New York Marble Cemetery

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Not to be confused with New York City Marble Cemetery.
New York Marble Cemetery
NY Marble Cemetery entrance.jpg
The entrance gate on Second Avenue (2011)
New York Marble Cemetery is located in New York City
New York Marble Cemetery
New York Marble Cemetery is located in New York
New York Marble Cemetery
New York Marble Cemetery is located in the US
New York Marble Cemetery
Location 41½ Second Avenue
Manhattan, New York City, US
Coordinates 40°43′32.25″N 73°59′27.5″W / 40.7256250°N 73.990972°W / 40.7256250; -73.990972Coordinates: 40°43′32.25″N 73°59′27.5″W / 40.7256250°N 73.990972°W / 40.7256250; -73.990972
Area 0.5 acres (0.20 ha)
Built 1830
NRHP Reference # 80004475[1]
Significant dates
Added to NRHP September 17, 1980[1]
Designated NYCL March 4, 1969
Part of the south wall, showing the embedded marble tablets
Close-up of two of the marble vault tablets

The New York Marble Cemetery is a historic cemetery founded in 1830, and located in the interior of the block bounded by East 2nd and 3rd Streets, 2nd Avenue, and Bowery, in the East Village neighborhood of Manhattan, New York City. It is entered through an alleyway with an iron gate at each end, located between 41 and 43 Second Avenue. About 2,100 burials are recorded in the cemetery's written registers, most from prominent professional and merchant families in New York City.[2][3]

The New York Marble Cemetery, which was New York City's first non-sectarian burial place, should not be confused with the nearby New York City Marble Cemetery one block east, which is entirely separate, and was established one year later. Both cemeteries were designated New York City landmarks in 1969,[4] and in 1980 both were added to the National Register of Historic Places.

History and description[edit]

During Open House New York weekend in 2008

The cemetery was founded as a commercial undertaking of Perkins Nichols, who hired two lawyers, Anthony Dey and George W. Strong, to serve as organizing trustees.[5][6] Recent outbreaks of yellow fever led city residents to fear burying their dead in coffins just a few feet below ground,[7] and public health legislation had outlawed earthen burials. Nichols intended to appeal to this market by providing underground vaults for burial.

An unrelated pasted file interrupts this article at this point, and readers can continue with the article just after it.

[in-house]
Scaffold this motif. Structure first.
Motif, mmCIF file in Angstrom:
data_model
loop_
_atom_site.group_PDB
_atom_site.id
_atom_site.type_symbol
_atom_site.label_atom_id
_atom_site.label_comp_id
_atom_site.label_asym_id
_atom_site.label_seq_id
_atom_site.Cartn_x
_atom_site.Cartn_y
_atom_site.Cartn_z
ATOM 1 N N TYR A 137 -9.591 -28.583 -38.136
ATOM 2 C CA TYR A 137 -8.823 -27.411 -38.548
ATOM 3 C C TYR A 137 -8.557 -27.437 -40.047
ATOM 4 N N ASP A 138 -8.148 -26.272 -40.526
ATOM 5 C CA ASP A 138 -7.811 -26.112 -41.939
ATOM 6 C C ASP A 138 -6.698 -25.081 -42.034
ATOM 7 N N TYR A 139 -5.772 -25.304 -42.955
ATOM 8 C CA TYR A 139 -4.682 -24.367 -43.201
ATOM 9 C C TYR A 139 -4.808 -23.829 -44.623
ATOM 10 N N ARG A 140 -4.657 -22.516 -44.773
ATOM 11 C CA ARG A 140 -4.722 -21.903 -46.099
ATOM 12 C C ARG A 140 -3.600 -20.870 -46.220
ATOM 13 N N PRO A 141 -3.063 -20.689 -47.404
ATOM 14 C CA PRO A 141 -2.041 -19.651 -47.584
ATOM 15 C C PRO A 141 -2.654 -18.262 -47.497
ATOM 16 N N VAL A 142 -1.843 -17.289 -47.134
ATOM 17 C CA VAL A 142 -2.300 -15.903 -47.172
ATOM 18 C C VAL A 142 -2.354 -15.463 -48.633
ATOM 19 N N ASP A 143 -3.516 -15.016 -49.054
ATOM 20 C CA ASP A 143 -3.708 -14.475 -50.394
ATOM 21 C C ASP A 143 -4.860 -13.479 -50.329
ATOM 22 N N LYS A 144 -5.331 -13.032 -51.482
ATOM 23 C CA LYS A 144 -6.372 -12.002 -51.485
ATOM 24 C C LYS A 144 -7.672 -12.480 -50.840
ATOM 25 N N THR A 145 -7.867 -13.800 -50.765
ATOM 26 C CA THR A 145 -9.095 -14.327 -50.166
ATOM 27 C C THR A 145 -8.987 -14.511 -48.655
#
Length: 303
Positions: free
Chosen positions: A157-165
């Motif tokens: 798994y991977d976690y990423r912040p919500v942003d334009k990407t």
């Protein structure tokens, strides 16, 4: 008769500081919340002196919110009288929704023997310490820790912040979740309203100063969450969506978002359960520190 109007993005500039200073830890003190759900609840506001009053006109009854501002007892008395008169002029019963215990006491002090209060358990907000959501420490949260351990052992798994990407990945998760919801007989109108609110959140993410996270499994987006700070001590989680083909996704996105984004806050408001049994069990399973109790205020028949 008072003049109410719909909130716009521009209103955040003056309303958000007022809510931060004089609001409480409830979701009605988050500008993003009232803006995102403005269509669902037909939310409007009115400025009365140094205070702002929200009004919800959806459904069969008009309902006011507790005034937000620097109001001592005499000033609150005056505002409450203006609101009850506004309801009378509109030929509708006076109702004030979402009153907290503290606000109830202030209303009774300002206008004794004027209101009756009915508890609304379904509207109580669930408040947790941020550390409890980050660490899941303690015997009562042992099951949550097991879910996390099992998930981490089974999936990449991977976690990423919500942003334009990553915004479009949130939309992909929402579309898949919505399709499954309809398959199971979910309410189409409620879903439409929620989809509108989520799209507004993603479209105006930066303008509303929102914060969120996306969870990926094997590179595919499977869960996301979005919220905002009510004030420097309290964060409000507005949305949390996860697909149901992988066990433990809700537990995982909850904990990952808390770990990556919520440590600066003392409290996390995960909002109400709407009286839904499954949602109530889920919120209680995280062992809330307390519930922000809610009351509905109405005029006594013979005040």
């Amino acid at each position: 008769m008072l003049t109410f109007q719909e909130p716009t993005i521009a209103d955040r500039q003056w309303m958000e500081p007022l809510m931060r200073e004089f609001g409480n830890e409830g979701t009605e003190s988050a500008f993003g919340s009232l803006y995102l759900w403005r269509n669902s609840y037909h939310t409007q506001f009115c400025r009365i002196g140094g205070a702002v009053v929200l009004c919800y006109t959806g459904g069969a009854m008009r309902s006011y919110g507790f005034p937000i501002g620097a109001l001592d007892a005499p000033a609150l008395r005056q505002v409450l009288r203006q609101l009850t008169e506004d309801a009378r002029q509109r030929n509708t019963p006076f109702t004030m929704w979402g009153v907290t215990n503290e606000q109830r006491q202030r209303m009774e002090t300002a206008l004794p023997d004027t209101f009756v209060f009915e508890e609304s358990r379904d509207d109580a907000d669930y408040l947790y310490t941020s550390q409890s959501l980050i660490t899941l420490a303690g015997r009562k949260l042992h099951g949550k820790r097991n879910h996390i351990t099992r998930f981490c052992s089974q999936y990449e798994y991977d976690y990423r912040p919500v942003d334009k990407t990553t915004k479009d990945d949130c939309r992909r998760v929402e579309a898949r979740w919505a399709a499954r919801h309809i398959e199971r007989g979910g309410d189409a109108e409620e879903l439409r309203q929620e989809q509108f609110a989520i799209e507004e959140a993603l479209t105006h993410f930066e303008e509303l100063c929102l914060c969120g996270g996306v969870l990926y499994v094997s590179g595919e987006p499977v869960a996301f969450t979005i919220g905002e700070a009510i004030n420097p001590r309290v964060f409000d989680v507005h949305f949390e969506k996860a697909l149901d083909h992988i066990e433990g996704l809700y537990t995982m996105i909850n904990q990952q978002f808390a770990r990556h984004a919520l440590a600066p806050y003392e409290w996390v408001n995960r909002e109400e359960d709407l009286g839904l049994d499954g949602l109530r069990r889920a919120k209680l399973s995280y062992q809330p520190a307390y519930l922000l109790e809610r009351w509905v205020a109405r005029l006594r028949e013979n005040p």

Dey and Strong purchased the property on Nichols's behalf, on what was then the northern edge of residential development, on July 13, 1830, and Nichols had the 156 underground family vaults, each the size of a small room, constructed from Tuckahoe marble and laid out in a grid of six columns by 26 rows. He was then reimbursed from the sale of the vaults.[6][7]

Access to each pair of barrel vaults is by the removal of a stone slab set well below the grade of the lawn, which has no monuments or markers. Marble tablets mounted in the long north and south walls give the names of the original vault owners - though not the names of burials - and indicate the precise location of each corresponding underground vault. As of May 2011, parts of the north wall had collapsed, and other sections of it were reinforced with steel buttresses.

Nichols, Dey & Strong, and the subscribers applied to the New York State Legislature for a special act of incorporation, and this was granted on February 4, 1831.[8] According to a historical plaque on the cemetery's entrance gate "Descendants of the 19th century owners may still be buried here."[9]


According to the cemetery's website, it is usually open on the fourth Sunday of the month from April to October, as well as on other weekends during the year.[10][11]

Notable burials[edit]

Prominent New York uppertens families such as the Beeckmans, Hones, Hoyts, Quackenbushes, Varicks and Van Zandts have vaults in the cemetery.[6][7]



  1. ^ a b National Park Service (2007-01-23). "National Register Information System". National Register of Historic Places. National Park Service. 
  2. ^ "List of Interments". New York Marble Cemetery. Retrieved 2011-10-07. 
  3. ^ "Workmen Reveal an Old Cemetery". New York Times. 4 November 1907. Retrieved 8 November 2014. 
  4. ^ New York City Landmarks Preservation Commission; Dolkart, Andrew S. (text); Postal, Matthew A. (text) (2009), Postal, Matthew A., ed., Guide to New York City Landmarks (4th ed.), New York: John Wiley & Sons, ISBN 978-0-470-28963-1 , p.62
  5. ^ Abstract of Title. Indenture form Henry & Marion Eckford to Dey & Strong, in trust. 13 July 1830.
  6. ^ a b c d e f g "NYCLPC Designation Report"
  7. ^ a b c d Kelley, Tina (May 22, 2000). "Marble Walls, Roomy, But No Place to Live; Descendants Inherit a Cemetery Filled With History, but in Disrepair". The New York Times. Retrieved 2008-03-28. 
  8. ^ Abstract of Title. Memorandum of an Agreement contained in the Indenture Tripartite between Nichols, Dey & Strong, and the New York Marble Cemetery. 1 May 1832.
  9. ^ Historical plaque, New York Marble Cemetery. Accessed 2011-05-01
  10. ^ "Home Page". New York Marble Cemetery. Retrieved 2011-10-07. 
  11. ^ Beyer, Gregory (June 1, 2008). "A Hush-Hush Plan for a Not-So-Secret Garden". The New York Times. Retrieved 2011-10-07. 
  12. ^ "Take Gov. Mason's Body". The New York Times. June 3, 1905. Retrieved 2011-10-07. 
  13. ^ "Gravesites of Civil Engineers". ASCE Metropolitan Section. Retrieved 2016-11-12. 

Further reading

  • Brown, Anne Wright (1999). New York Marble Cemetery Interments, 1830–1937. Rhinebeck: Kinship Press. ISBN 1-56012-157-2. 
  • Todd, Charles Burr (1907). In Olde New York: Sketches of Old Times and Places in Both the State and the City. New York: The Grafton Press. p. 29. OCLC 3985699. 

External links[edit]